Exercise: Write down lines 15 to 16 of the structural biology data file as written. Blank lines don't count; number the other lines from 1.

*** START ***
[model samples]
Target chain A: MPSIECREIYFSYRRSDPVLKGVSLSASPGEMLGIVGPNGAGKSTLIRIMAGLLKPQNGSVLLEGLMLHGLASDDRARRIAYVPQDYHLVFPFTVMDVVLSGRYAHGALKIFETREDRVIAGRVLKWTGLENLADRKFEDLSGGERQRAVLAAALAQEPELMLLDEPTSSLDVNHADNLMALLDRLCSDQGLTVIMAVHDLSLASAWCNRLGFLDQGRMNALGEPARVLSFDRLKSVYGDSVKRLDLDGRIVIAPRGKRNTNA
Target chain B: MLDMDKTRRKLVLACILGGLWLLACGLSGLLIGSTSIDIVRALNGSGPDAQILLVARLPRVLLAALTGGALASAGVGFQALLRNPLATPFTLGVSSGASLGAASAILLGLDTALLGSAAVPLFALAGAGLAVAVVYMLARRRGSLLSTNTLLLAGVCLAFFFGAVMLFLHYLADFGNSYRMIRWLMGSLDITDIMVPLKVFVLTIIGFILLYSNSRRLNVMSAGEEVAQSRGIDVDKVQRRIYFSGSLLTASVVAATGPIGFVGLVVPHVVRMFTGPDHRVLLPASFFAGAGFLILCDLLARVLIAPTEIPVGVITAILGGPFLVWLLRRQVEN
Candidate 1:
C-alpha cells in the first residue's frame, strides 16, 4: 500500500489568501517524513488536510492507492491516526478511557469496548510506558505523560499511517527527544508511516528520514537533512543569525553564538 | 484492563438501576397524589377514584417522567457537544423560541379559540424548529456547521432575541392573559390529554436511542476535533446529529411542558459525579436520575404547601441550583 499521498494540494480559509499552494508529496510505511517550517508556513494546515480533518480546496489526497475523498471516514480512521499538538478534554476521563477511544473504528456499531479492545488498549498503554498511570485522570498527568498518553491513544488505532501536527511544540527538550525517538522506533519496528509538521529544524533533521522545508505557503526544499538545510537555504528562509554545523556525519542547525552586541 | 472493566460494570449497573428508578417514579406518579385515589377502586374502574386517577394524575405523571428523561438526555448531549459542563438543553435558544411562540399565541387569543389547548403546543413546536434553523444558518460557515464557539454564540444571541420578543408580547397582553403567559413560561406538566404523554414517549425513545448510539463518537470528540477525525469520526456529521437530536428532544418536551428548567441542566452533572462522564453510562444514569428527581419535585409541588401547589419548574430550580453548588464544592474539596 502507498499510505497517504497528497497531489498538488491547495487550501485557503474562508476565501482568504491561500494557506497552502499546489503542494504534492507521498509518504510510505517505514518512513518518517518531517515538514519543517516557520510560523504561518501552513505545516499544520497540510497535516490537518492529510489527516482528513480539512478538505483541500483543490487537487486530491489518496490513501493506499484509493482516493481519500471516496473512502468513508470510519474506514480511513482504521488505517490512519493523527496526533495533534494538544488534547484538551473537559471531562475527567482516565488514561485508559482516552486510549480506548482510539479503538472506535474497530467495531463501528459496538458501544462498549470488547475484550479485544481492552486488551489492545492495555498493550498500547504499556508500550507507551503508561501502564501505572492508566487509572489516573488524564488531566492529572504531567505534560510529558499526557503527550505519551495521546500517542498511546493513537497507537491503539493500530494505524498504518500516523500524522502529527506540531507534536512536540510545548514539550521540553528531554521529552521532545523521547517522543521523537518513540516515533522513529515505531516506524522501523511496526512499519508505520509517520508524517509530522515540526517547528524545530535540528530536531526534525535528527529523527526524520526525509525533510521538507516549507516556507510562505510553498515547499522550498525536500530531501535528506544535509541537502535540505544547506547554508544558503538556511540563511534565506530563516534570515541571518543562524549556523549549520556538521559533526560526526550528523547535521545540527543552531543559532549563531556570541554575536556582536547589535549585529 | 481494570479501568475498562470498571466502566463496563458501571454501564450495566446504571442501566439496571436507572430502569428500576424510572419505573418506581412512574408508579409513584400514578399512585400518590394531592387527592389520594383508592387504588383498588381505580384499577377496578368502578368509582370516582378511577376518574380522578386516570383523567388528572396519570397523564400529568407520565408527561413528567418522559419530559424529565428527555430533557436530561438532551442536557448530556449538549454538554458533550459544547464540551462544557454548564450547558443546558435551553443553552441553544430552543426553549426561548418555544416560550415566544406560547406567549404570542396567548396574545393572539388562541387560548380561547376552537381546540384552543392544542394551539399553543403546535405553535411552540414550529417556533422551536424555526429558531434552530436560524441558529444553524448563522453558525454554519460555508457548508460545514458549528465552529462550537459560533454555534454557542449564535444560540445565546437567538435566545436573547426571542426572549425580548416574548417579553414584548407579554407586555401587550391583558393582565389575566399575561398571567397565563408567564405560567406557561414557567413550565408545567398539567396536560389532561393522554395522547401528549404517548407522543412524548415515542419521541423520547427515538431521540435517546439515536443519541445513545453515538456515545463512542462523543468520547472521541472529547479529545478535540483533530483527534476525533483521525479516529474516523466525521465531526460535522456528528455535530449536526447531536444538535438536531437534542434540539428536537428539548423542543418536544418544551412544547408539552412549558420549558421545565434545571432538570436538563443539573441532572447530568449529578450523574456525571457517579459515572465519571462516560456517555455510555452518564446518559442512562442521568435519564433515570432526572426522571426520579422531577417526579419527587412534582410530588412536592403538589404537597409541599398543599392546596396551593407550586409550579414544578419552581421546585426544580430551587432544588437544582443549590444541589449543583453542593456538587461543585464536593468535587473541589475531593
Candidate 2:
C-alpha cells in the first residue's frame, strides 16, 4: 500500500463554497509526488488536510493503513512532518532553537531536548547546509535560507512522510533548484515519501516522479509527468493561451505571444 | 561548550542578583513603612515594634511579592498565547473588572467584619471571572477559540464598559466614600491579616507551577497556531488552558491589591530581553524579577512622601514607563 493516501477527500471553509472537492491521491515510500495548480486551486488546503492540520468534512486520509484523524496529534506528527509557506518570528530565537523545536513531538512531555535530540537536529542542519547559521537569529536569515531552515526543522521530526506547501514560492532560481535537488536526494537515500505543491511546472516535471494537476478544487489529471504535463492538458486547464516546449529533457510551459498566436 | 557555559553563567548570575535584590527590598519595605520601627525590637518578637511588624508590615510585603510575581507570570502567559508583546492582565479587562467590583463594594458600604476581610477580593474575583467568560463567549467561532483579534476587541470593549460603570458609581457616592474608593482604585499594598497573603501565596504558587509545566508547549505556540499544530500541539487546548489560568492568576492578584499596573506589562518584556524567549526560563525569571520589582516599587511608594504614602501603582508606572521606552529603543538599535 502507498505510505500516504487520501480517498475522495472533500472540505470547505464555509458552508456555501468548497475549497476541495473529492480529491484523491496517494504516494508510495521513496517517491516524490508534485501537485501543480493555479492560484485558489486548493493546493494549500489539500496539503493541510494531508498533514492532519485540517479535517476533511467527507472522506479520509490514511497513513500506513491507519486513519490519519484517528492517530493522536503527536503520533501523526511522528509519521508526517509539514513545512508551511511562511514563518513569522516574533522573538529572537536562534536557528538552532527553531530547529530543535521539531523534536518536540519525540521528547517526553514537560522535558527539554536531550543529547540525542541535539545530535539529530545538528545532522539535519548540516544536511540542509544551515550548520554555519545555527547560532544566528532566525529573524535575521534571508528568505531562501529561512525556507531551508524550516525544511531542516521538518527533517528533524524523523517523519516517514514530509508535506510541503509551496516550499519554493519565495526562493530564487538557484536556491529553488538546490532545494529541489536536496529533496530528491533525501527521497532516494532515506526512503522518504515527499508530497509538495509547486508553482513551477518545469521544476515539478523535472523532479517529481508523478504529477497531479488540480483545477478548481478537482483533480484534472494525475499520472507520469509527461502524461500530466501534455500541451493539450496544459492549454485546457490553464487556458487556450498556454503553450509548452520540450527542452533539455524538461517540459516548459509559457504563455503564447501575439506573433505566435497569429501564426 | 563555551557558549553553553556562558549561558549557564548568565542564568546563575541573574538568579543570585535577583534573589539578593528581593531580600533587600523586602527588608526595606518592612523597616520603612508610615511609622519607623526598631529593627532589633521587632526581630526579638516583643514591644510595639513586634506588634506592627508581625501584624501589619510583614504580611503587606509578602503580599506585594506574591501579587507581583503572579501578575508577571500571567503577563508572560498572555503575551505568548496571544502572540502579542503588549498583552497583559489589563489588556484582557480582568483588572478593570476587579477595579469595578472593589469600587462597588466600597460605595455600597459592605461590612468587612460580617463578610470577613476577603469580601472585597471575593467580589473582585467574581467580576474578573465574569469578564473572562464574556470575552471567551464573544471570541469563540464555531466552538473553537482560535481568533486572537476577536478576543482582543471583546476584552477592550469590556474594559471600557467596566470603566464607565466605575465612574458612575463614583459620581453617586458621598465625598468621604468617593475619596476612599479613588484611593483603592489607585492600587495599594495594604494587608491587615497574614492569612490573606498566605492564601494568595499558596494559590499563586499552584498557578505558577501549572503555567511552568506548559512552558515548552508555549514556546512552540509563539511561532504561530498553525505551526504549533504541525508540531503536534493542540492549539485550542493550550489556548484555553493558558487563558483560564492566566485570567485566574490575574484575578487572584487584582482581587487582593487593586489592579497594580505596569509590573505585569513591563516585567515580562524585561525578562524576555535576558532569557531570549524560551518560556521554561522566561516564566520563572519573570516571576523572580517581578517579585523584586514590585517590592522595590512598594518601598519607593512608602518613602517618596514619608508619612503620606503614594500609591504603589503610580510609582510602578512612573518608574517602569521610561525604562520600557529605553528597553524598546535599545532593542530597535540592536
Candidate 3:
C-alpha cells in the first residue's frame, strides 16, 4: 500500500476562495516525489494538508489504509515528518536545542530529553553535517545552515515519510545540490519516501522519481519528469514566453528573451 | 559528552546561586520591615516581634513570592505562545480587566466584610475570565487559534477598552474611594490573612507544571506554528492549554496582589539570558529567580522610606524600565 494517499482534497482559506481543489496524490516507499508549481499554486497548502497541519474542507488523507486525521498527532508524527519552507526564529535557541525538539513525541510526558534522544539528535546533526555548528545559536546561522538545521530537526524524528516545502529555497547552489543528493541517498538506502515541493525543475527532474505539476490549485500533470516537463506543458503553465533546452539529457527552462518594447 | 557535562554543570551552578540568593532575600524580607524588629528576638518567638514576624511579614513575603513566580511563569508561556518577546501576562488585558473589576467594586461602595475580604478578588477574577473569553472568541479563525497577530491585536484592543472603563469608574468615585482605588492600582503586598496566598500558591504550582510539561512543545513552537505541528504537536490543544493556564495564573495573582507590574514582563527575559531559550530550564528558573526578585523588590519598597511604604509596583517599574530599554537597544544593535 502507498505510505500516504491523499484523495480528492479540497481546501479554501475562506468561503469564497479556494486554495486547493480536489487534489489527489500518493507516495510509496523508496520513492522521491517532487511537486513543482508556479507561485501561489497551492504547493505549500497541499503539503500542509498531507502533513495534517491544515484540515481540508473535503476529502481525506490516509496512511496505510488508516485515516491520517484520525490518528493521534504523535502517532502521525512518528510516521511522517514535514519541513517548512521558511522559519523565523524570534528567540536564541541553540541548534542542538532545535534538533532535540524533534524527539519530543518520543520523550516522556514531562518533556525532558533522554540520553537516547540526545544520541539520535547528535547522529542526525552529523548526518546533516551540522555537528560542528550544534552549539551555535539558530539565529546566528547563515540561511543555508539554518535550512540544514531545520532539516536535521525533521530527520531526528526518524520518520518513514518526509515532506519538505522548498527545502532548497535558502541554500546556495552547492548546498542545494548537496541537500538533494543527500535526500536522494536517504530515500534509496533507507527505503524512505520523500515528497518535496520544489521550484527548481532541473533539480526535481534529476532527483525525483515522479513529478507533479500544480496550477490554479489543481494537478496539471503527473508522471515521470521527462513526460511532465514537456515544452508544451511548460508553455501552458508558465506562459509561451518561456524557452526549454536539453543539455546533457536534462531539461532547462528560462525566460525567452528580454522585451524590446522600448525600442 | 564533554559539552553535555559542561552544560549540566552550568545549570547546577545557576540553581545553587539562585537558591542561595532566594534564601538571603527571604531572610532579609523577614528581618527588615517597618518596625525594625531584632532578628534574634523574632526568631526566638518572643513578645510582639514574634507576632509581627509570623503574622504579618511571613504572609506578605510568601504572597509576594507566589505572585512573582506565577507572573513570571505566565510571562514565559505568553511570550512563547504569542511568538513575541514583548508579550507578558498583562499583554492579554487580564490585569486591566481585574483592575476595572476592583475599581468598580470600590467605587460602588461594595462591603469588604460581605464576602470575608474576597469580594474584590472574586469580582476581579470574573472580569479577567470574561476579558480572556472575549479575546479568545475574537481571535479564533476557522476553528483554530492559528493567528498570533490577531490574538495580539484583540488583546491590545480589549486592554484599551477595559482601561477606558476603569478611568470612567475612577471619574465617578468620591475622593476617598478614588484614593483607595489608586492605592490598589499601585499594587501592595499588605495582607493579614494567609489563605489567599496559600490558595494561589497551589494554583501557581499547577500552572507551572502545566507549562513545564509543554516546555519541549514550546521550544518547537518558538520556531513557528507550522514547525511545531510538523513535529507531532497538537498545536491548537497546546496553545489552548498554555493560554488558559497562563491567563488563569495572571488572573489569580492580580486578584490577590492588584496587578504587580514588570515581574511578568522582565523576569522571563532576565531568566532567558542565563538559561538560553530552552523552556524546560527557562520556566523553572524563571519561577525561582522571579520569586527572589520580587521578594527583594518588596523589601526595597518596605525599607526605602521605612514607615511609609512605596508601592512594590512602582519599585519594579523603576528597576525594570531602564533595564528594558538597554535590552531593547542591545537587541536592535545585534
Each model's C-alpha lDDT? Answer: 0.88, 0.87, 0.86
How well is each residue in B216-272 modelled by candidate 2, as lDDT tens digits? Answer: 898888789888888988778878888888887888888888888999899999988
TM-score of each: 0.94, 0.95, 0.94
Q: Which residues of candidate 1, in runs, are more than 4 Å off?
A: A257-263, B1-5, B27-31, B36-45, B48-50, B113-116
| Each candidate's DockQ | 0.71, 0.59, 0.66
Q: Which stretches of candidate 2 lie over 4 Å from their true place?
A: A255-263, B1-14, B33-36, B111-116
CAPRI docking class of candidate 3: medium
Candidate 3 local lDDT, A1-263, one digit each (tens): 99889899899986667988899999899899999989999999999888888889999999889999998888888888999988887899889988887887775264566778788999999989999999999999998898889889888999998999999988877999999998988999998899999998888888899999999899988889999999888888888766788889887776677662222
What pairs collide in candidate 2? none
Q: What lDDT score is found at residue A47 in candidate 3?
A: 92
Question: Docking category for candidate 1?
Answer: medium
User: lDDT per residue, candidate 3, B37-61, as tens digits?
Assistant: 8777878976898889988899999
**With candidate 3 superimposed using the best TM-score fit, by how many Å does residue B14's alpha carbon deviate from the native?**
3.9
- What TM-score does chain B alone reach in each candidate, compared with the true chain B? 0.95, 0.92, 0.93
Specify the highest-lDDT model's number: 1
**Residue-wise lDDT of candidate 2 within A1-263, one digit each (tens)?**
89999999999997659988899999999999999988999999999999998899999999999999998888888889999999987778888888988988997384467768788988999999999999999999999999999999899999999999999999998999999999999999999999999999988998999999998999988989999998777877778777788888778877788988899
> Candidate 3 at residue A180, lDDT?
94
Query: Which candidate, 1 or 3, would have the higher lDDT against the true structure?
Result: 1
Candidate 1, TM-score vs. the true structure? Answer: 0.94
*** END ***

| Each candidate's DockQ | 0.71, 0.59, 0.66
Q: Which stretches of candidate 2 lie over 4 Å from their true place?